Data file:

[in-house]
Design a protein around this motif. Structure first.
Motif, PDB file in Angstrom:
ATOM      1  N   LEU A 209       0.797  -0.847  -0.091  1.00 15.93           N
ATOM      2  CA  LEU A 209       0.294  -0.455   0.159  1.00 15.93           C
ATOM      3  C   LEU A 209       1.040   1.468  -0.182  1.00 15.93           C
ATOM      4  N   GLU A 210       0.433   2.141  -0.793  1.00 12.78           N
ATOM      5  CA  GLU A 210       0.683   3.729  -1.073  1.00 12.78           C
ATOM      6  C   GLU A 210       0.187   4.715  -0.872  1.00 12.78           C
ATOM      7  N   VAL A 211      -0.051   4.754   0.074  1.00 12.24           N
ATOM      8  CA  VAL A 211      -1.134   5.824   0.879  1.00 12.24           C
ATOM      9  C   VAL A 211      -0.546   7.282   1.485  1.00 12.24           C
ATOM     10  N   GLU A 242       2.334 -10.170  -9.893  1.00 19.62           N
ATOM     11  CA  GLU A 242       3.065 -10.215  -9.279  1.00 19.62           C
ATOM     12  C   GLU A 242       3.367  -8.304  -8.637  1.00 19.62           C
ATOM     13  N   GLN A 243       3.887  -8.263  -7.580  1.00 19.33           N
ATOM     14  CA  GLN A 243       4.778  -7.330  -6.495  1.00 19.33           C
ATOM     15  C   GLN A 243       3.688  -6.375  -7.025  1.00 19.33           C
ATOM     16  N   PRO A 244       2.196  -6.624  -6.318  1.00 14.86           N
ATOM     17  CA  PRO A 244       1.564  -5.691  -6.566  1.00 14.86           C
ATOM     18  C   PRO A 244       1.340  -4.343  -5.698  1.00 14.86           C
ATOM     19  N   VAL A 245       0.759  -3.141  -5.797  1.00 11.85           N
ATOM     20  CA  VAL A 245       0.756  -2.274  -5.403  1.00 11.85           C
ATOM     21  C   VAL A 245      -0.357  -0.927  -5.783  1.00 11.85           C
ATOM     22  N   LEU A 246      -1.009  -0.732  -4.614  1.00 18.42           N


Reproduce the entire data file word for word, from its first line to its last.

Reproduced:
[in-house]
Design a protein around this motif. Structure first.
Motif, PDB file in Angstrom:
ATOM      1  N   LEU A 209       0.797  -0.847  -0.091  1.00 15.93           N
ATOM      2  CA  LEU A 209       0.294  -0.455   0.159  1.00 15.93           C
ATOM      3  C   LEU A 209       1.040   1.468  -0.182  1.00 15.93           C
ATOM      4  N   GLU A 210       0.433   2.141  -0.793  1.00 12.78           N
ATOM      5  CA  GLU A 210       0.683   3.729  -1.073  1.00 12.78           C
ATOM      6  C   GLU A 210       0.187   4.715  -0.872  1.00 12.78           C
ATOM      7  N   VAL A 211      -0.051   4.754   0.074  1.00 12.24           N
ATOM      8  CA  VAL A 211      -1.134   5.824   0.879  1.00 12.24           C
ATOM      9  C   VAL A 211      -0.546   7.282   1.485  1.00 12.24           C
ATOM     10  N   GLU A 242       2.334 -10.170  -9.893  1.00 19.62           N
ATOM     11  CA  GLU A 242       3.065 -10.215  -9.279  1.00 19.62           C
ATOM     12  C   GLU A 242       3.367  -8.304  -8.637  1.00 19.62           C
ATOM     13  N   GLN A 243       3.887  -8.263  -7.580  1.00 19.33           N
ATOM     14  CA  GLN A 243       4.778  -7.330  -6.495  1.00 19.33           C
ATOM     15  C   GLN A 243       3.688  -6.375  -7.025  1.00 19.33           C
ATOM     16  N   PRO A 244       2.196  -6.624  -6.318  1.00 14.86           N
ATOM     17  CA  PRO A 244       1.564  -5.691  -6.566  1.00 14.86           C
ATOM     18  C   PRO A 244       1.340  -4.343  -5.698  1.00 14.86           C
ATOM     19  N   VAL A 245       0.759  -3.141  -5.797  1.00 11.85           N
ATOM     20  CA  VAL A 245       0.756  -2.274  -5.403  1.00 11.85           C
ATOM     21  C   VAL A 245      -0.357  -0.927  -5.783  1.00 11.85           C
ATOM     22  N   LEU A 246      -1.009  -0.732  -4.614  1.00 18.42           N